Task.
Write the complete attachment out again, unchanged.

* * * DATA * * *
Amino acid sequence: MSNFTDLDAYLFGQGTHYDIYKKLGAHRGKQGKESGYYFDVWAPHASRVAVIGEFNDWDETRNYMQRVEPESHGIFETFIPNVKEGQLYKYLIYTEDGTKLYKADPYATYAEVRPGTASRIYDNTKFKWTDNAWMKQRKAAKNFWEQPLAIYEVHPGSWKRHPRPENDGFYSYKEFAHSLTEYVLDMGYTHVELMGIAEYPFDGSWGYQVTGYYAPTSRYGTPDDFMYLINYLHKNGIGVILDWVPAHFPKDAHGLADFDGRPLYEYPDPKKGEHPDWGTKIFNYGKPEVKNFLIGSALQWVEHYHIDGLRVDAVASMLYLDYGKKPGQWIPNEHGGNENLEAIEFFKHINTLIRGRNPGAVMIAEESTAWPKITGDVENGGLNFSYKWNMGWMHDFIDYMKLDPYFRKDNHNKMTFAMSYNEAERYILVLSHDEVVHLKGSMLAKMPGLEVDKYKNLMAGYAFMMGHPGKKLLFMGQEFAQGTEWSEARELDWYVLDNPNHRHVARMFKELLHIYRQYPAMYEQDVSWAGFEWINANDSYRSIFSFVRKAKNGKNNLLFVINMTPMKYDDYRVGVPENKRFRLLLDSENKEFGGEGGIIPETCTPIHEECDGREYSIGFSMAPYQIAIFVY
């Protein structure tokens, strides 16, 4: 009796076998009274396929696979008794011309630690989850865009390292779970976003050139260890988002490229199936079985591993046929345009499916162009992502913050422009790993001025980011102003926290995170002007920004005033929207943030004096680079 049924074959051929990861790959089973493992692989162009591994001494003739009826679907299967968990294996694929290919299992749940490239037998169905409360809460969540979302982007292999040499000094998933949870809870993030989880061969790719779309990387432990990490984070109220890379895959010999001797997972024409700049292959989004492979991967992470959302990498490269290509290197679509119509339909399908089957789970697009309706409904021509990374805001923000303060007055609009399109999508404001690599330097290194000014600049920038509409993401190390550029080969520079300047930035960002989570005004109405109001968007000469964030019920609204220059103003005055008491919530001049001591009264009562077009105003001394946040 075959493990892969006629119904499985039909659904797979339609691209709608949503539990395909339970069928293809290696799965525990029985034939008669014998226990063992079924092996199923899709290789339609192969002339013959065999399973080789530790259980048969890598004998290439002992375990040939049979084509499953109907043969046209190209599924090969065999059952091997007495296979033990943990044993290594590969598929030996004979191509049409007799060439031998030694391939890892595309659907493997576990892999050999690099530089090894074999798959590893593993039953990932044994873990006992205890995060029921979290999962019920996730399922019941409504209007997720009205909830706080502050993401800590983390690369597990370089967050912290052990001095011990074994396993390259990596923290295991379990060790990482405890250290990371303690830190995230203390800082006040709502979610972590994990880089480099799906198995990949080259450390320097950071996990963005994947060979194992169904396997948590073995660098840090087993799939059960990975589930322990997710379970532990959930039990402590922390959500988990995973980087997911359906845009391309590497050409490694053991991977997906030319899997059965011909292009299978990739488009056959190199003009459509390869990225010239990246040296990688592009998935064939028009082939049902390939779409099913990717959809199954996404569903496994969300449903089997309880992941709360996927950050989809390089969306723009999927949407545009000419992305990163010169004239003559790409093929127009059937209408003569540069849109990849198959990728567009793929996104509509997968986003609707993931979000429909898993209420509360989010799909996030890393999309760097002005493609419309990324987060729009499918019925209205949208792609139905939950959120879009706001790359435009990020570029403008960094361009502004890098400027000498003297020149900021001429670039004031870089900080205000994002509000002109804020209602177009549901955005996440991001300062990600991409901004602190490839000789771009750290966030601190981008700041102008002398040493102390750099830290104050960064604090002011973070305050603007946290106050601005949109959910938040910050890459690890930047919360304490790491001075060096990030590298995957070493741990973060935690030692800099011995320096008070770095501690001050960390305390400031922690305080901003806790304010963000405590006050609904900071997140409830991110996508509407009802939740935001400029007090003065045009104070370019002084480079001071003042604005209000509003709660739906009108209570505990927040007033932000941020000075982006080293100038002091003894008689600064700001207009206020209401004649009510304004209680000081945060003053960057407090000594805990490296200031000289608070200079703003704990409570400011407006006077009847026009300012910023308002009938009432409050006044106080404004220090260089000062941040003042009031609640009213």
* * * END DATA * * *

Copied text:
Amino acid sequence: MSNFTDLDAYLFGQGTHYDIYKKLGAHRGKQGKESGYYFDVWAPHASRVAVIGEFNDWDETRNYMQRVEPESHGIFETFIPNVKEGQLYKYLIYTEDGTKLYKADPYATYAEVRPGTASRIYDNTKFKWTDNAWMKQRKAAKNFWEQPLAIYEVHPGSWKRHPRPENDGFYSYKEFAHSLTEYVLDMGYTHVELMGIAEYPFDGSWGYQVTGYYAPTSRYGTPDDFMYLINYLHKNGIGVILDWVPAHFPKDAHGLADFDGRPLYEYPDPKKGEHPDWGTKIFNYGKPEVKNFLIGSALQWVEHYHIDGLRVDAVASMLYLDYGKKPGQWIPNEHGGNENLEAIEFFKHINTLIRGRNPGAVMIAEESTAWPKITGDVENGGLNFSYKWNMGWMHDFIDYMKLDPYFRKDNHNKMTFAMSYNEAERYILVLSHDEVVHLKGSMLAKMPGLEVDKYKNLMAGYAFMMGHPGKKLLFMGQEFAQGTEWSEARELDWYVLDNPNHRHVARMFKELLHIYRQYPAMYEQDVSWAGFEWINANDSYRSIFSFVRKAKNGKNNLLFVINMTPMKYDDYRVGVPENKRFRLLLDSENKEFGGEGGIIPETCTPIHEECDGREYSIGFSMAPYQIAIFVY
């Protein structure tokens, strides 16, 4: 009796076998009274396929696979008794011309630690989850865009390292779970976003050139260890988002490229199936079985591993046929345009499916162009992502913050422009790993001025980011102003926290995170002007920004005033929207943030004096680079 049924074959051929990861790959089973493992692989162009591994001494003739009826679907299967968990294996694929290919299992749940490239037998169905409360809460969540979302982007292999040499000094998933949870809870993030989880061969790719779309990387432990990490984070109220890379895959010999001797997972024409700049292959989004492979991967992470959302990498490269290509290197679509119509339909399908089957789970697009309706409904021509990374805001923000303060007055609009399109999508404001690599330097290194000014600049920038509409993401190390550029080969520079300047930035960002989570005004109405109001968007000469964030019920609204220059103003005055008491919530001049001591009264009562077009105003001394946040 075959493990892969006629119904499985039909659904797979339609691209709608949503539990395909339970069928293809290696799965525990029985034939008669014998226990063992079924092996199923899709290789339609192969002339013959065999399973080789530790259980048969890598004998290439002992375990040939049979084509499953109907043969046209190209599924090969065999059952091997007495296979033990943990044993290594590969598929030996004979191509049409007799060439031998030694391939890892595309659907493997576990892999050999690099530089090894074999798959590893593993039953990932044994873990006992205890995060029921979290999962019920996730399922019941409504209007997720009205909830706080502050993401800590983390690369597990370089967050912290052990001095011990074994396993390259990596923290295991379990060790990482405890250290990371303690830190995230203390800082006040709502979610972590994990880089480099799906198995990949080259450390320097950071996990963005994947060979194992169904396997948590073995660098840090087993799939059960990975589930322990997710379970532990959930039990402590922390959500988990995973980087997911359906845009391309590497050409490694053991991977997906030319899997059965011909292009299978990739488009056959190199003009459509390869990225010239990246040296990688592009998935064939028009082939049902390939779409099913990717959809199954996404569903496994969300449903089997309880992941709360996927950050989809390089969306723009999927949407545009000419992305990163010169004239003559790409093929127009059937209408003569540069849109990849198959990728567009793929996104509509997968986003609707993931979000429909898993209420509360989010799909996030890393999309760097002005493609419309990324987060729009499918019925209205949208792609139905939950959120879009706001790359435009990020570029403008960094361009502004890098400027000498003297020149900021001429670039004031870089900080205000994002509000002109804020209602177009549901955005996440991001300062990600991409901004602190490839000789771009750290966030601190981008700041102008002398040493102390750099830290104050960064604090002011973070305050603007946290106050601005949109959910938040910050890459690890930047919360304490790491001075060096990030590298995957070493741990973060935690030692800099011995320096008070770095501690001050960390305390400031922690305080901003806790304010963000405590006050609904900071997140409830991110996508509407009802939740935001400029007090003065045009104070370019002084480079001071003042604005209000509003709660739906009108209570505990927040007033932000941020000075982006080293100038002091003894008689600064700001207009206020209401004649009510304004209680000081945060003053960057407090000594805990490296200031000289608070200079703003704990409570400011407006006077009847026009300012910023308002009938009432409050006044106080404004220090260089000062941040003042009031609640009213």